Peter James is one of the nicest authors I’ve met, a soft-spoken librarian type who happens to ride along with police officers and write about crime. I absolutely adored his Perfect People, and the latest Roy Grace mystery, Dead Man’s Grip, turned me off smoked salmon for weeks. Dead Simple is the first in the Roy Grace series, and begins with an interesting premise: four friends pull a stag night prank on the bridegroom by locking him in a coffin and leaving him for a couple of hours. Unfortunately, they are then killed by a van. Now bridegroom’s fiancee has asked Roy Grace for help to track him down. Honestly, locking someone in a coffin — even with air holes — is such a horrible, twisted, nightmarish prank to pull. What were these friends thinking? The Roy Grace books are fast-paced, thrilling stories, with James showing all perspectives.
DOOMSDAY KEY, JAMES ROLLINS
I love the Sigma Force novels! Think scientists with guns — kick ass nerds! Each of the Sigma Force characters is a specialist in some kind of science or technology field, and they are therefore assigned the weirdest mysteries that ordinary agents can’t understand. In Doomsday Key, a geneticist, a Vatican archaeologist, and a U.S. senator’s son are killed, each in a different continent. The deaths are connected by a Druidic pagan cross burned into the victims’ skin. If you like Michael Crichton, Dan Brown and Simon Toyne, you’ll love James Rollins. His books are always meticulously researched, so even the weirdest scientific twists have some basis in fact. It’s hard to put a James Rollins novel down — it’s just too exciting! — and it’s great feeling smarter after having read one.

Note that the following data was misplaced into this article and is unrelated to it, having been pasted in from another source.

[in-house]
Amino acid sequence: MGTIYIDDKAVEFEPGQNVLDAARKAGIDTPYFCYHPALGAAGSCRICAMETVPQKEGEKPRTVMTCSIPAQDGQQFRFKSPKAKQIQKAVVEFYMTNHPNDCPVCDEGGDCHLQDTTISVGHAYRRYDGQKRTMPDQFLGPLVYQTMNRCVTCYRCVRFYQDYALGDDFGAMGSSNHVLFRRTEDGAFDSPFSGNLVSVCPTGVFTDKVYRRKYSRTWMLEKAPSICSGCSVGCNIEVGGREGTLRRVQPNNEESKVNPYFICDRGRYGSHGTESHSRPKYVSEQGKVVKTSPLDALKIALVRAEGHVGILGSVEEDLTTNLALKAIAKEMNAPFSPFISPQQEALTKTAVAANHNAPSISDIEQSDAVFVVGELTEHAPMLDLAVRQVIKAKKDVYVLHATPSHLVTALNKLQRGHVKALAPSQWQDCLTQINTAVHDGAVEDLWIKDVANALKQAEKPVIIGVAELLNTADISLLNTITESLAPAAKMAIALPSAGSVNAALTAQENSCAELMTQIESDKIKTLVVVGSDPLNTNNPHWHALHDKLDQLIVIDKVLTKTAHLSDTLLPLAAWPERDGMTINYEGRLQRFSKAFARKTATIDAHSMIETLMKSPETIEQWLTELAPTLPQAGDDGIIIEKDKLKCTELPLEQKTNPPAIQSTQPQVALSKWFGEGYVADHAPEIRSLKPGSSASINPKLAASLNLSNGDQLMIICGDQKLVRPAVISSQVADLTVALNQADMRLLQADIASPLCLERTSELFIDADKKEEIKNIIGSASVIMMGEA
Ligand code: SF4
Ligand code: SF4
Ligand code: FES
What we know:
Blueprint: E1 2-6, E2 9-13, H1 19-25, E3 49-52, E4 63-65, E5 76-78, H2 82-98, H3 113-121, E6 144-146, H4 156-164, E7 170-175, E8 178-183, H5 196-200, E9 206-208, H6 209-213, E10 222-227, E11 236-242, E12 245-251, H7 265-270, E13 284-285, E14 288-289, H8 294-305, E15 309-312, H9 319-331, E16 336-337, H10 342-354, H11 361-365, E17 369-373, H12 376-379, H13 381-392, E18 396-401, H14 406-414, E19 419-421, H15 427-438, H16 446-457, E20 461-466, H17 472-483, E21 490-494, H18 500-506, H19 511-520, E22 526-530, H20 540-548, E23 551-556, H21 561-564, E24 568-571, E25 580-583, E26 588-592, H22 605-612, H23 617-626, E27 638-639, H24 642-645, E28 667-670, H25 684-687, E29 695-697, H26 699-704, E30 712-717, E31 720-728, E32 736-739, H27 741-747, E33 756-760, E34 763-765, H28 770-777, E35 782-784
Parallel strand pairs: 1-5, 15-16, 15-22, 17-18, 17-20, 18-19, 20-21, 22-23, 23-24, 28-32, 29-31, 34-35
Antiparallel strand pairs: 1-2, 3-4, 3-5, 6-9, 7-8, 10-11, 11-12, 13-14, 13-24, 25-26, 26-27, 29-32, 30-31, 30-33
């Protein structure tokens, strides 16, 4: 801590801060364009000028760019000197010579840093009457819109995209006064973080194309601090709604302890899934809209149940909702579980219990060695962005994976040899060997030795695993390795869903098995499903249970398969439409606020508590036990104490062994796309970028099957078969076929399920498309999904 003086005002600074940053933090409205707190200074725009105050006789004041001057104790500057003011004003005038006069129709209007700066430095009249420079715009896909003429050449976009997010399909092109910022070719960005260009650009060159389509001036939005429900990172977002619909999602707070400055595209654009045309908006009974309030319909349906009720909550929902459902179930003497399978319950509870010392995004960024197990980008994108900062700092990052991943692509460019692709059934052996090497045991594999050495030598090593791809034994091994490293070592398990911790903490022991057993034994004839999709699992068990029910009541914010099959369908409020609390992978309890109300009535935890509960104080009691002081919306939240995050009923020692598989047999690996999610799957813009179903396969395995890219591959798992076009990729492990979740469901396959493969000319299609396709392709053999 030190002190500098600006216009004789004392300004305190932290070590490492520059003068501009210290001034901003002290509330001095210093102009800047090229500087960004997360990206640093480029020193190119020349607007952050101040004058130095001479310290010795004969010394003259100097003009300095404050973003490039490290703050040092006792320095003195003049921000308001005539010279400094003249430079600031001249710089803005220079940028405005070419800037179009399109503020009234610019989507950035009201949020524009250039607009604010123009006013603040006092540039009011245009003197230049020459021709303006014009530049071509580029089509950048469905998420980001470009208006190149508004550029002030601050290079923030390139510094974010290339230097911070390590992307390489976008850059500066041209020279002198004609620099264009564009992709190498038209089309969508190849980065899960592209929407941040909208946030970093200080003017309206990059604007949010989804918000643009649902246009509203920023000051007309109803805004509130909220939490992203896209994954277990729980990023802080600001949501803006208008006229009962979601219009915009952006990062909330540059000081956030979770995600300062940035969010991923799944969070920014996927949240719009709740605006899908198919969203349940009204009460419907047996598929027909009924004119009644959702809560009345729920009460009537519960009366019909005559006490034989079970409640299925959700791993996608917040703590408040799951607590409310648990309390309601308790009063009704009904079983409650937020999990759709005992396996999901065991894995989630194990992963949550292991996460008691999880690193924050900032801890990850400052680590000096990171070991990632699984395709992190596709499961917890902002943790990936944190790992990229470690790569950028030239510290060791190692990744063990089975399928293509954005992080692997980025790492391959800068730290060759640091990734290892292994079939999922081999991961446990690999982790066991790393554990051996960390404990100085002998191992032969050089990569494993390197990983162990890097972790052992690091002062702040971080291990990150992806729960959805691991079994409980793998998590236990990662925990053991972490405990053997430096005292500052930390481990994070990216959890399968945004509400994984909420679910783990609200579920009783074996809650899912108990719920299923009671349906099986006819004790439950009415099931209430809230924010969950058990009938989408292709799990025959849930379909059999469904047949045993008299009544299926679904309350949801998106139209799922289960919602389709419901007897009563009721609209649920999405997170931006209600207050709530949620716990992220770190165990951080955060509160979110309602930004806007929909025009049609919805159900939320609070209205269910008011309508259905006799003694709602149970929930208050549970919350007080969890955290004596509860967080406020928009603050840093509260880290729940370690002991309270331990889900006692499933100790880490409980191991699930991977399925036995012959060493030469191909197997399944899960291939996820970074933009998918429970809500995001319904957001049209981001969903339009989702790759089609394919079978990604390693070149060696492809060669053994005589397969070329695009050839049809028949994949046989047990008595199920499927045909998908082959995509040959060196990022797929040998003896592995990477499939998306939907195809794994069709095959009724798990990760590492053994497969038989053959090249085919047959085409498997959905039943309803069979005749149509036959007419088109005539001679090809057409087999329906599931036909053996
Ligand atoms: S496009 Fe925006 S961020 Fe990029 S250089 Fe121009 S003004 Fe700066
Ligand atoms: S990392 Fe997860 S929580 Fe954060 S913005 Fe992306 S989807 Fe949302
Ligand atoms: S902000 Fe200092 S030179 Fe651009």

HUNCHBACK ASSIGNMENTS, ARTHUR SLADE
I cannot gush about Arthur Slade’s Hunchback Assignments enough. It’s an innovative, endearing concept — a hunchback named Modo has the power to change his appearance for limited periods of time and is therefore trained to be a secret agent from a young age. He is in love with beautiful fellow agent Octavia, and too shy to show her how he really looks. I fell in love with this book when I read it. It has adventure (steam punk!), romance, and the all too relatable tragedy of feeling self-conscious about your physical appearance. I’ve recommended this for reluctant young readers — I think the adventure and excitement will get them to fall in love with reader. I also highly recommend it to book lovers everywhere. Amazing, amazing book, and the beginning of a wonderful series.
Great post; love that you offered suggestions!